FACT: Thousands of scientists contribute to IPCC reports, not just CRU scientists
Distortions of illegally obtained documents from one group of scientists do not undermine overwhelming consensus. In a statement on the reported theft of the emails, Rajendra Pachauri, chairman of the United Nations' IPCC, stated that "no individual or small group of scientists is in a position to exclude a peer-reviewed paper from an I.P.C.C. assessment." From Pachauri's statement:
In summary, no individual or small group of scientists is in a position to exclude a peer-reviewed paper from an I.P.C.C. assessment. Likewise, individuals and small groups have no ability to emphasize a result that is not consistent with a range of studies, investigations, and approaches. Every layer in the process (including large author teams, extensive review, independent monitoring of review compliance, and plenary approval by governments) plays a major role in keeping I.P.C.C. assessments comprehensive, unbiased, open to the identification of new literature, and policy relevant but not policy prescriptive.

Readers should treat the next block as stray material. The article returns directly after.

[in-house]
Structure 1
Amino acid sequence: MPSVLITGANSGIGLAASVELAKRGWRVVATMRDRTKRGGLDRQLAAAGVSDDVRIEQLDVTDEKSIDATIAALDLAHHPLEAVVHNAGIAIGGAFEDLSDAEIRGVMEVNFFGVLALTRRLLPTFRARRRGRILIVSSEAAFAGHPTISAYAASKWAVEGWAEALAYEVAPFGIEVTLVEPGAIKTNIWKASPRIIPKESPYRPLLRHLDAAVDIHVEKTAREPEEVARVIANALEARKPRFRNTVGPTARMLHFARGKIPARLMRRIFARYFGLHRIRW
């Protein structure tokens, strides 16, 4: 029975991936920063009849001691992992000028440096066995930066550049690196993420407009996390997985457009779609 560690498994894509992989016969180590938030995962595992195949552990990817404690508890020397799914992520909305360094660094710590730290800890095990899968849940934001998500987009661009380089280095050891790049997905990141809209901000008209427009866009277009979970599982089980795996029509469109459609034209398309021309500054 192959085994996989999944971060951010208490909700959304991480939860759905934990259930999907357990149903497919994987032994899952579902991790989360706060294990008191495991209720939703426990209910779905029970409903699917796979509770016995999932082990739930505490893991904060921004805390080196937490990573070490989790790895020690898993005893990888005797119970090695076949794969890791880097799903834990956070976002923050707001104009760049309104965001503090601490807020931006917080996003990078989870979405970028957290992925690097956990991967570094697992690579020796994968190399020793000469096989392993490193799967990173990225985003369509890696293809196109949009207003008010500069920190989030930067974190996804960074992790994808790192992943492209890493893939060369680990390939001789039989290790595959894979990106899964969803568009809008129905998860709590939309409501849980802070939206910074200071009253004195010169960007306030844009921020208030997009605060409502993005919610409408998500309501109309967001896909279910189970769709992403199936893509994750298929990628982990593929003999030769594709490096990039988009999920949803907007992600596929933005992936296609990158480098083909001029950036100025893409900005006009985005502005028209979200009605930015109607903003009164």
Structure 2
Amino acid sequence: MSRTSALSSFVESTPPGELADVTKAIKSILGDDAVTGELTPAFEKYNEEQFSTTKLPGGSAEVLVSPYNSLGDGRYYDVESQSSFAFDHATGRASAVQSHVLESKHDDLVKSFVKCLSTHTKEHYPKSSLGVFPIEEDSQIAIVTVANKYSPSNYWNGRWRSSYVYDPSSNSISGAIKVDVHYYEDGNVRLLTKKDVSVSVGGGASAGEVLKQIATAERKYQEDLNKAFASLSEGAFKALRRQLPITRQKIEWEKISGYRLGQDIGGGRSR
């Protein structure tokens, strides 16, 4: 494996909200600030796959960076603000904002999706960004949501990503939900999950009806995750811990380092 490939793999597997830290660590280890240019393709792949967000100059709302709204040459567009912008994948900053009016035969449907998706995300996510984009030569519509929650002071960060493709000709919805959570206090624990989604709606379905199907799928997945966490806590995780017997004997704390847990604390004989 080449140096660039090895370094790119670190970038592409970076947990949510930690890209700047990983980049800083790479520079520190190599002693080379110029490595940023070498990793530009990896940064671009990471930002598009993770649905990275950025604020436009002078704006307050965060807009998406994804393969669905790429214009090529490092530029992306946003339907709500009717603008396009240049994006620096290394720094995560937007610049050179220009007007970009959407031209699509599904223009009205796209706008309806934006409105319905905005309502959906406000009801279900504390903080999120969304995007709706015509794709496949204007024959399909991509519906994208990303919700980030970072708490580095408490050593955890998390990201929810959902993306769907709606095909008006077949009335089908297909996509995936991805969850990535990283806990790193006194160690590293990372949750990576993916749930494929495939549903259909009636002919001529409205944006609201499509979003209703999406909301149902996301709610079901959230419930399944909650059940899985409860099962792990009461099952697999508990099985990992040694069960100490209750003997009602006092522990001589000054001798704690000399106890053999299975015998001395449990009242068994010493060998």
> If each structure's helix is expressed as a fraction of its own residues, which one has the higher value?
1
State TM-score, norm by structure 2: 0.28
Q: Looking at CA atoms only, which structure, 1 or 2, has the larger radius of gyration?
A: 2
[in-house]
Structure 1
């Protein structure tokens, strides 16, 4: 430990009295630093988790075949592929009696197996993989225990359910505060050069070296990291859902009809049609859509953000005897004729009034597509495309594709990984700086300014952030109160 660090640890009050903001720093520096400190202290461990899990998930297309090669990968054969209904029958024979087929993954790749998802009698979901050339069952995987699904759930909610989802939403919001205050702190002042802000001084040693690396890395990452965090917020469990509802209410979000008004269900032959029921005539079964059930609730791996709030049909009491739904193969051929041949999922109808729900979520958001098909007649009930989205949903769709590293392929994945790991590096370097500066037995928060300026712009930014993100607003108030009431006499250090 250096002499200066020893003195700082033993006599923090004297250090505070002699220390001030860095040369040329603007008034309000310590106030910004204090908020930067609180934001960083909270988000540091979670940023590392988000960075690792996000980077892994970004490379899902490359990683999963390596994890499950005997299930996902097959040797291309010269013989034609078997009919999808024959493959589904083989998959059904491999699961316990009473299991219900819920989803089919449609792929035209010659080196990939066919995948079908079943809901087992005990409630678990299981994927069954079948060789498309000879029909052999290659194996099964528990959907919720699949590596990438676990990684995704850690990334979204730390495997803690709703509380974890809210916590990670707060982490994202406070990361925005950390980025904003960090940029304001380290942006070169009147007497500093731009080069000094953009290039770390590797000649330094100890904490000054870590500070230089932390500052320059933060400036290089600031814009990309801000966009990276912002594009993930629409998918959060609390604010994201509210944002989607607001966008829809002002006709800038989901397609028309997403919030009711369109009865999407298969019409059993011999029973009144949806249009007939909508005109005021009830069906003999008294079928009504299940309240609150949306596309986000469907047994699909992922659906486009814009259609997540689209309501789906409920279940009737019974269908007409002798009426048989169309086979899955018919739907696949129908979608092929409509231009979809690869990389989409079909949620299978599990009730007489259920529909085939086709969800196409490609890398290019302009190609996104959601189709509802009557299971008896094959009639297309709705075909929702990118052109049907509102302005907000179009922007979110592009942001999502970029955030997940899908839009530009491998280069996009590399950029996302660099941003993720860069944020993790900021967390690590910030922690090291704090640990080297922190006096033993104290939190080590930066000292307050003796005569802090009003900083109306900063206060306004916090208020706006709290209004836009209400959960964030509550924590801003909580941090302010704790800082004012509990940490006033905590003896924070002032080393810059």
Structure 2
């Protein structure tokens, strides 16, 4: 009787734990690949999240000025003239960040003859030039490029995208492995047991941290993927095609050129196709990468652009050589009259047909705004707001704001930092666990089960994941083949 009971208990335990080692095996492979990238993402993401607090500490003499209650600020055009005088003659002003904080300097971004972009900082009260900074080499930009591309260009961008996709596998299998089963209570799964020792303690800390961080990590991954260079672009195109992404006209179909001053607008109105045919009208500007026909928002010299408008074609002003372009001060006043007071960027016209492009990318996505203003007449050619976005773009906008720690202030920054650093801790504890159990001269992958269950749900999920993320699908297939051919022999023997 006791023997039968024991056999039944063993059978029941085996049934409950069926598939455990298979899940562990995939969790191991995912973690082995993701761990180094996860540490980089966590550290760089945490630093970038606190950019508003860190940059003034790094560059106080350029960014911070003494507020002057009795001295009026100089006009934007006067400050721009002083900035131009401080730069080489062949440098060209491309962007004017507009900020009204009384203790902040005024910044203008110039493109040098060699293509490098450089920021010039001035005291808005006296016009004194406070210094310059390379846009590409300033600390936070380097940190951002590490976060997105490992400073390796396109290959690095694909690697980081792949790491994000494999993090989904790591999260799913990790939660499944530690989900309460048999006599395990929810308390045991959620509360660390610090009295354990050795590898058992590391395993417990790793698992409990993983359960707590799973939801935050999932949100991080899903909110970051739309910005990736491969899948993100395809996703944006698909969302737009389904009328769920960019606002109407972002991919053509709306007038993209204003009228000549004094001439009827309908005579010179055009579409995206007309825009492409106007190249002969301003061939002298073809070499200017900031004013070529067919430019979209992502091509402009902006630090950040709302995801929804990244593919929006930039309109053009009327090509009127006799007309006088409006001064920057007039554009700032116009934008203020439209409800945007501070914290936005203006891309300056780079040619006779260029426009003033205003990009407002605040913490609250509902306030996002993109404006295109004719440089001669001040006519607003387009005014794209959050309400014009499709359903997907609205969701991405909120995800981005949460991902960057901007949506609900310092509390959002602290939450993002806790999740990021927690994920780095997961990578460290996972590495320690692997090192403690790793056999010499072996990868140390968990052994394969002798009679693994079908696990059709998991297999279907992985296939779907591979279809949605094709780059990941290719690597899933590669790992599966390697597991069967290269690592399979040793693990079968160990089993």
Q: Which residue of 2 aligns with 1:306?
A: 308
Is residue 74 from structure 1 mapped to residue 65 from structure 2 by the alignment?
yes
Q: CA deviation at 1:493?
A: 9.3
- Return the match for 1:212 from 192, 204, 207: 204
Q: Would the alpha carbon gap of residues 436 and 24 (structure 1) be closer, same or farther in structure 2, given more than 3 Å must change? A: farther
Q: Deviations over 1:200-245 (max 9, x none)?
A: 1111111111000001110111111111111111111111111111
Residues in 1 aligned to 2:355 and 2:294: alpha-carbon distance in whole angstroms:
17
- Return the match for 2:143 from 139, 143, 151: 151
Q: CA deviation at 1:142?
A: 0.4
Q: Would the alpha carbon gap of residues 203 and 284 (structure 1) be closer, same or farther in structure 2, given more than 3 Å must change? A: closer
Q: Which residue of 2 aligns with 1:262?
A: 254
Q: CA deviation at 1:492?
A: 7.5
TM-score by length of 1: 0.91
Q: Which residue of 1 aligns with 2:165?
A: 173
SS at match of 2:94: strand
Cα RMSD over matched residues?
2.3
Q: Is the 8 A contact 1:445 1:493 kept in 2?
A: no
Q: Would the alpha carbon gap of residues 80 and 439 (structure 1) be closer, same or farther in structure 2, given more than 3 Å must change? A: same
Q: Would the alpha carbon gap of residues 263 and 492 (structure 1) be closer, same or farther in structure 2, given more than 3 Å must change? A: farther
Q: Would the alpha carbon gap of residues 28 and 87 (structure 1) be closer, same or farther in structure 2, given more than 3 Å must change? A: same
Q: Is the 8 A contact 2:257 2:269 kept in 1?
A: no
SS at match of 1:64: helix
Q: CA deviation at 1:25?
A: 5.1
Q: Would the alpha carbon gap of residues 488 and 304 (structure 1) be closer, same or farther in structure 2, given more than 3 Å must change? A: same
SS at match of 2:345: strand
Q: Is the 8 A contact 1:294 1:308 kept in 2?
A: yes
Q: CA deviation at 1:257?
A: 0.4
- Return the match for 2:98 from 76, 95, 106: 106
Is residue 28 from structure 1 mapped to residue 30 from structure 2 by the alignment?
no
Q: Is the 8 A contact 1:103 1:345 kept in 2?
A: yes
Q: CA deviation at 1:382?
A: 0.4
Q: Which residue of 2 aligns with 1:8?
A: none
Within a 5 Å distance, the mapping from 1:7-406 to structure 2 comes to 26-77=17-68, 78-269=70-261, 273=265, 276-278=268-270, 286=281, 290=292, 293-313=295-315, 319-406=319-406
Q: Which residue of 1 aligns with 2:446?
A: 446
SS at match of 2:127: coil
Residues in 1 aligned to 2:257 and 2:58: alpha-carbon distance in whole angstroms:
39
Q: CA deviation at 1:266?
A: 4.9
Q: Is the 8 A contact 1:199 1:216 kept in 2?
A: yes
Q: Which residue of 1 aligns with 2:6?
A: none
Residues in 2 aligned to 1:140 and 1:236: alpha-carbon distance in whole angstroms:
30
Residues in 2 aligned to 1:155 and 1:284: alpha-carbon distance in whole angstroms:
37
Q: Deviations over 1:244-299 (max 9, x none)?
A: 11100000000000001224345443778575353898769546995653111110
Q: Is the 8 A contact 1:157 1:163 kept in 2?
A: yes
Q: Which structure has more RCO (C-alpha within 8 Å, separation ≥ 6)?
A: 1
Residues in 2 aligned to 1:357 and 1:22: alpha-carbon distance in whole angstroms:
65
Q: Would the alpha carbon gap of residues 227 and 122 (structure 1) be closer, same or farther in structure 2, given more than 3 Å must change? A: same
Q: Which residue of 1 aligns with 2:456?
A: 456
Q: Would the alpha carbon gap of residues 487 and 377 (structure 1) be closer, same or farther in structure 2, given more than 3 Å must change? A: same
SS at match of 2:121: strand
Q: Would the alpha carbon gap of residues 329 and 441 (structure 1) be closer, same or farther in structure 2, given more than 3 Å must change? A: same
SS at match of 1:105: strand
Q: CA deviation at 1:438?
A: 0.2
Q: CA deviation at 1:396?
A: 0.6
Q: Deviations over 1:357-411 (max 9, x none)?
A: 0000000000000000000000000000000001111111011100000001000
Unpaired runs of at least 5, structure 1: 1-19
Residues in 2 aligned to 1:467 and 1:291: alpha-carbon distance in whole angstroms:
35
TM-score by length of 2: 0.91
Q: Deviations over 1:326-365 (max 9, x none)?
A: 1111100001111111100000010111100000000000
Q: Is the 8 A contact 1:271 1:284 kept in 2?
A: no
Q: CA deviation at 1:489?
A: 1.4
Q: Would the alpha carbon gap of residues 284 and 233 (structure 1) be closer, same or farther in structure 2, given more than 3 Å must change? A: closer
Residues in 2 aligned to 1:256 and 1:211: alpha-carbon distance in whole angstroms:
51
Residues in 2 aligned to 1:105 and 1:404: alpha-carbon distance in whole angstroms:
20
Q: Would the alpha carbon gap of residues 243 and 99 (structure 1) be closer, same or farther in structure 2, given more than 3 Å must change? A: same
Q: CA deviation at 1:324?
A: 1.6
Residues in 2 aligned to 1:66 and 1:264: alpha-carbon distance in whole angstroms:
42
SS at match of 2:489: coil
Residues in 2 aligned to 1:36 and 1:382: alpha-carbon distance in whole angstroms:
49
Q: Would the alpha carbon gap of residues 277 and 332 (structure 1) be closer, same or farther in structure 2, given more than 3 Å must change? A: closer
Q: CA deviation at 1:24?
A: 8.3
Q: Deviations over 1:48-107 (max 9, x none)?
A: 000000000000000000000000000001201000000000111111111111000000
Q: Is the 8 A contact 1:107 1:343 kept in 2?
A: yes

The unfortunate incident that has taken place through illegal hacking of the private communications of individual scientists only highlights the importance of I.P.C.C. procedures and practices and the thoroughness by which the Panel carries out its assessment. This thoroughness and the duration of the process followed in every assessment ensure the elimination of any possibility of omissions or distortions, intentional or accidental.